||Autumn Semester / Academic Year
||20 - 25 UW credits per semester
||Junior standing or above by time of departure;
min. 3.0 GPA
||German 302 or equivalent
||Mike Renes | firstname.lastname@example.org
|Priority Application Deadline
||January 15 (Autumn Semester / Academic Year)
Spring Semester priority deadline
|May 15 (Spring Semester)
||This exchange allows students to study in the heart of Berlin, a world class city, while taking courses in both German and English. Humboldt University is particularly well known for humanities, social sciences and theology but the exchange is open to students from all academic disciplines.
Founded in 1810, the University of Berlin consisted of the four traditional faculties of Law, Medicine, Philosophy and Theology. In 1949, the university was renamed after the brothers Wilhelm and Alexander von Humboldt and served as a bastion for communist theory and ideology until the collapse of the DDR's Socialist Party in 1989.
Since German reunification, Humboldt University has developed a new academic framework. Course contents have been evaluated, amended and redefined and new academic personnel have been appointed. Humboldt University now comprises eleven faculties and two centrally administered institutions, the Museum of Natural History and the British Studies Center. Today, Humboldt University has 36,000 students, 14 percent of whom come from abroad.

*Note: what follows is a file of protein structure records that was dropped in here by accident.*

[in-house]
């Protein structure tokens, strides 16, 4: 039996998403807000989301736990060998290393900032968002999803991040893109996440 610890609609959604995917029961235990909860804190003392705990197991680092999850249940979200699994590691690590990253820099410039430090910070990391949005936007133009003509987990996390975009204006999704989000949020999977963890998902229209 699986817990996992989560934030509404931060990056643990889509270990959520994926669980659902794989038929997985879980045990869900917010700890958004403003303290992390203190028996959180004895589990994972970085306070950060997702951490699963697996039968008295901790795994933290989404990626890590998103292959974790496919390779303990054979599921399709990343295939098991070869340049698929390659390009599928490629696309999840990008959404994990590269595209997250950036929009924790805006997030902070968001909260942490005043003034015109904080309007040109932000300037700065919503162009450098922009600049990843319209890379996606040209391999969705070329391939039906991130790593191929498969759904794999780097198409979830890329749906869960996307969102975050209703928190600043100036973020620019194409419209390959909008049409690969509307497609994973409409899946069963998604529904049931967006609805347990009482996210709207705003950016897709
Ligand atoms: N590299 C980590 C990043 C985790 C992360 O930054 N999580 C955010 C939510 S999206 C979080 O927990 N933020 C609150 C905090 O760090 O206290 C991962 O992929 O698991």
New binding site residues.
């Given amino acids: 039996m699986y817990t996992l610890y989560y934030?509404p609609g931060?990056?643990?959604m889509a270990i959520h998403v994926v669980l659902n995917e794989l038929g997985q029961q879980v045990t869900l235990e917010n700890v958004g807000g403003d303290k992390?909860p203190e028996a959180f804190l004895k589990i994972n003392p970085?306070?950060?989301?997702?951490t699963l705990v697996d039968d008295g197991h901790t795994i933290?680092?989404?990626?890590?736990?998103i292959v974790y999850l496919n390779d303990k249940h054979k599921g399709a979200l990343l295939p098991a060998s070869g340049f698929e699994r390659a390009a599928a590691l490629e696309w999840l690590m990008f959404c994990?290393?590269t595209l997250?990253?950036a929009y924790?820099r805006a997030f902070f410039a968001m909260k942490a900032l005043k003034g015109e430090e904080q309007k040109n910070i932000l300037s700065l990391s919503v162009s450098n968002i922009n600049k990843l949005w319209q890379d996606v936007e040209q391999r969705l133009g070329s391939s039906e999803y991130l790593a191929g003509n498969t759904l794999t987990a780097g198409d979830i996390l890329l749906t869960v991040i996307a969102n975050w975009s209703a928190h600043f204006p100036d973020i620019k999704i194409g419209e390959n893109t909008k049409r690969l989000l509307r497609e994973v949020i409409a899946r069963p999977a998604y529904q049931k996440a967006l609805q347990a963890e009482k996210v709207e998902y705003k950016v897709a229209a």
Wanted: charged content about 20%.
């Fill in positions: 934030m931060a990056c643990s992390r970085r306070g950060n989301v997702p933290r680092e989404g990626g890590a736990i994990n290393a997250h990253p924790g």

For many years Humboldt-Universität zu Berlin has had partnership relations with a large number of institutions of higher learning all over the world. Every year about 1,200 exchange students from 61 countries come to study at Humboldt within the framework of university partnerships. In addition to partnerships within the European Union, there are exchange programmes with the United States of America and Canada, and with countries in Central and Eastern Europe (especially with the Russian Federation).